The Alaska National Interest Lands Conservation Act of 1980 established the 19 million-acres of what is now called the Artic National Wildlife Refuge (ANWR) (fig. 3). In this original act, Congress decided to hold off on making a decision on how to manage the one and a half million-acre coastal plain due to the area's potentially enormous oil and gas resources and its importance as a wildlife habitat. In 1987, the Department of the Interior submitted a report to congress on the potential oil and gas deposits that may be located in ANWR. Since then, several oil wells have been drilled and oil fields discovered near ANWR. New geologic and geophysical data have become available, seismic processing and interpretation capabilities have improved. Oil exploration in ANWR is a very heated topic among many public officials. The essence of the conflict is twofold: the possibility that the Artic Refuge contains one of the best remaining prospects for significant oil discovery in the United States, and that the Refuge contains some of the last true remaining wilderness in the country.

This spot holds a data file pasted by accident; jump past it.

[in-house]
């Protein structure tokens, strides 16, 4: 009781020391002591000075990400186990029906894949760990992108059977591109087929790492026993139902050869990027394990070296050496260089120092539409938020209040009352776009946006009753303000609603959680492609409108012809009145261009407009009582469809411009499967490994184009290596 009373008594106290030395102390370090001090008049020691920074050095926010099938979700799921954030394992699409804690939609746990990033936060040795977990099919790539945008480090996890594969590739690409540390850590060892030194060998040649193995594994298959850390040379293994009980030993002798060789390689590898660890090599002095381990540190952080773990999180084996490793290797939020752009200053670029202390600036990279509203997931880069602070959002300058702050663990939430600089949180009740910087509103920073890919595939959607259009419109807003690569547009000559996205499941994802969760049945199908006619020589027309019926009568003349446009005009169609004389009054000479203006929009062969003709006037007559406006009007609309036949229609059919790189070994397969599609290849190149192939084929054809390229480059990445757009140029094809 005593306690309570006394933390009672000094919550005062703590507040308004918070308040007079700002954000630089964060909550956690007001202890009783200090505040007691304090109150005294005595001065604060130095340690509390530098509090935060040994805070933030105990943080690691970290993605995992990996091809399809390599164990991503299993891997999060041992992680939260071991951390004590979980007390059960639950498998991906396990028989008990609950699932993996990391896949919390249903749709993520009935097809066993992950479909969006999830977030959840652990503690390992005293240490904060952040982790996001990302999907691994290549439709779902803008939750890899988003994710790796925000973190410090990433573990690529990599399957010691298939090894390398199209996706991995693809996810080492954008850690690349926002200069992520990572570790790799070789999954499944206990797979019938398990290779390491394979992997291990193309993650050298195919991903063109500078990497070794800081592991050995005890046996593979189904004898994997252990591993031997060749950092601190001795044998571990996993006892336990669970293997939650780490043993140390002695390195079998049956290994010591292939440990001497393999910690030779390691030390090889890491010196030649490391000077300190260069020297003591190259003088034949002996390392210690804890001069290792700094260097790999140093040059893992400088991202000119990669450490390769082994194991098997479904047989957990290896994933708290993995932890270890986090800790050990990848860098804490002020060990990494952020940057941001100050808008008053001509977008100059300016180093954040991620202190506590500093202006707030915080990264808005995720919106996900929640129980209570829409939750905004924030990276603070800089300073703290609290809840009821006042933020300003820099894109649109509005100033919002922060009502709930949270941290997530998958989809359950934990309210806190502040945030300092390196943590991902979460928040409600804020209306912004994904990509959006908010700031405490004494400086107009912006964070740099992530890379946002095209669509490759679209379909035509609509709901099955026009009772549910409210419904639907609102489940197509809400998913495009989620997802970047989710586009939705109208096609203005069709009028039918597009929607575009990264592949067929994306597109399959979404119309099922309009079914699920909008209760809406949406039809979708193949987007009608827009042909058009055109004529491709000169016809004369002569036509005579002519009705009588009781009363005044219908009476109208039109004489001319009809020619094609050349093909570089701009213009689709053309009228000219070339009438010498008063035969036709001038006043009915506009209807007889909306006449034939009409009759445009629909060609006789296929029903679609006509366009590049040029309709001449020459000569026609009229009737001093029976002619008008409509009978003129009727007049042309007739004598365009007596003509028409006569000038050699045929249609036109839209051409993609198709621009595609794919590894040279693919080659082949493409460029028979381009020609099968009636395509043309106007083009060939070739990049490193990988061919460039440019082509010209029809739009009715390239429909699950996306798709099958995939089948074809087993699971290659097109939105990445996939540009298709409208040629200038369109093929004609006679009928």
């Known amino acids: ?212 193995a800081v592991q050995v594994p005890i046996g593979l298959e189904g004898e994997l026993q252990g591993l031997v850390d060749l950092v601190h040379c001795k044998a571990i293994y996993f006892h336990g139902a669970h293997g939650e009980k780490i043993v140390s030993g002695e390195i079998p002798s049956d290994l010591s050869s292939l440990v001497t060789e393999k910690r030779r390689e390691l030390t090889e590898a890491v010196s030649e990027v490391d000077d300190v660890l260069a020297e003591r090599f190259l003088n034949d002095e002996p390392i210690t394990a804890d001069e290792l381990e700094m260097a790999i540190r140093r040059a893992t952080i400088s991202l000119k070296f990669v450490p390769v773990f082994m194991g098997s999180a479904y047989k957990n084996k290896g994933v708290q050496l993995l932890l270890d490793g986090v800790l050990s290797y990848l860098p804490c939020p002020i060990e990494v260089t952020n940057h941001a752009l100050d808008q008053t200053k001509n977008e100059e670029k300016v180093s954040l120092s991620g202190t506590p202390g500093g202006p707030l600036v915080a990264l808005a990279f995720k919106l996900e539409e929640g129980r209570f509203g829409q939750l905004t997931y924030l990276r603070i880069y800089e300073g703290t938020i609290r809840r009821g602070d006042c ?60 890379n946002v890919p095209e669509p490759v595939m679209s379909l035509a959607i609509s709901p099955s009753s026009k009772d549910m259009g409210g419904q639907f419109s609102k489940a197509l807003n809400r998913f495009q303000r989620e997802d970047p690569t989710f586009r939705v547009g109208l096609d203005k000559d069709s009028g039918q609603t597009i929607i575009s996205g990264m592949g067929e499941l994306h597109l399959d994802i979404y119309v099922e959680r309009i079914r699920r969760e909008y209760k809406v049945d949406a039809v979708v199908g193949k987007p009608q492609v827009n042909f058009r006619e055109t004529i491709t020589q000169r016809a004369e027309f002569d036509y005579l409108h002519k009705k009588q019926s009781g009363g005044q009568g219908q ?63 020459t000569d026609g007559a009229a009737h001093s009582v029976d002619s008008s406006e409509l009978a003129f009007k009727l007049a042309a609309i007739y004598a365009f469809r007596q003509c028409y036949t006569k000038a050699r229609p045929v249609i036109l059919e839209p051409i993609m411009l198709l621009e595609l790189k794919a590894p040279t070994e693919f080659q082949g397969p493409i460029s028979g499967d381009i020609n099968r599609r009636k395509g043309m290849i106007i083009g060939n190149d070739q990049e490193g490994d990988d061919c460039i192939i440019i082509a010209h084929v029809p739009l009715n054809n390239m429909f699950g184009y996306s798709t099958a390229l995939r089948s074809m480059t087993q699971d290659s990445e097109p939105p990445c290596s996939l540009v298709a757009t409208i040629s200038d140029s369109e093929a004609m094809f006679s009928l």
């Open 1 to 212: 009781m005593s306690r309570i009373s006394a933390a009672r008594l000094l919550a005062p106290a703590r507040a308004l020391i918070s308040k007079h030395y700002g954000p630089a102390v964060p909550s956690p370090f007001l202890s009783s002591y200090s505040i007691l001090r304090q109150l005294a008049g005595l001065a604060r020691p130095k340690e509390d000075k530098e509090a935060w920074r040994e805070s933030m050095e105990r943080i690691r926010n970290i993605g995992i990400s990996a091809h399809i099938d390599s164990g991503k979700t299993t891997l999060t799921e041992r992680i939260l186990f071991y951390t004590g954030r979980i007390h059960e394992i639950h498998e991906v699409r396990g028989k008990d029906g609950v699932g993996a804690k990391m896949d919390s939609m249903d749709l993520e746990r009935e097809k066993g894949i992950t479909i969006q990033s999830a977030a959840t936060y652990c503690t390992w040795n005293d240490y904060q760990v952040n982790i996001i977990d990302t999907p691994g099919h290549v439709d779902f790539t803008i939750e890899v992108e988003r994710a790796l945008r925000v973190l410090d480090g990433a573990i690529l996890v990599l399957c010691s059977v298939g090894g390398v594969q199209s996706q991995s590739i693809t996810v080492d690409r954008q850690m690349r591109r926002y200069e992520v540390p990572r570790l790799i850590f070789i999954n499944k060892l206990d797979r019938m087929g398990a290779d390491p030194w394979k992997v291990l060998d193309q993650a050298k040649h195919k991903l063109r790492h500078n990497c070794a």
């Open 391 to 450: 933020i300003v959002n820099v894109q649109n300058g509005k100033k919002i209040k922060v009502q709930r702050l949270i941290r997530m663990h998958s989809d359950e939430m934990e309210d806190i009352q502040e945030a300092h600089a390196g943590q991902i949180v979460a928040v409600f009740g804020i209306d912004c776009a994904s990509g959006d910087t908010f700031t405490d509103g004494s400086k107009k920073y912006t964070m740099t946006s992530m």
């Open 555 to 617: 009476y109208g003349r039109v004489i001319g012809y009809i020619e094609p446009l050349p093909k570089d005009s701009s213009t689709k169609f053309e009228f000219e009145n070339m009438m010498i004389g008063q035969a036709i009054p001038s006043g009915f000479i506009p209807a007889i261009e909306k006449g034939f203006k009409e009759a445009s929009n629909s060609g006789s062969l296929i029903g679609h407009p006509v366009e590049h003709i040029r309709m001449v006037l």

The question is will the potential oil and gas resources gained by the drilling out weight the environmental damage that will be created?
The economic impact of the ANWR oil and gas reserves could have a substantial affect on domestic oil prices paid by consumers. We are currently paying inflated prices for oil (Fig. 1). However, many environmentalists and Democrats do not see the potential of ANWR. Since oil is a nonrenewable resource there is no way of producing more. There are better ways of limiting the reliance on foreign oil imports and creating a stable long-term energy plan. One such way is improving the fuel efficiency of motor vehicles. Holding relatively constant the production of automobiles,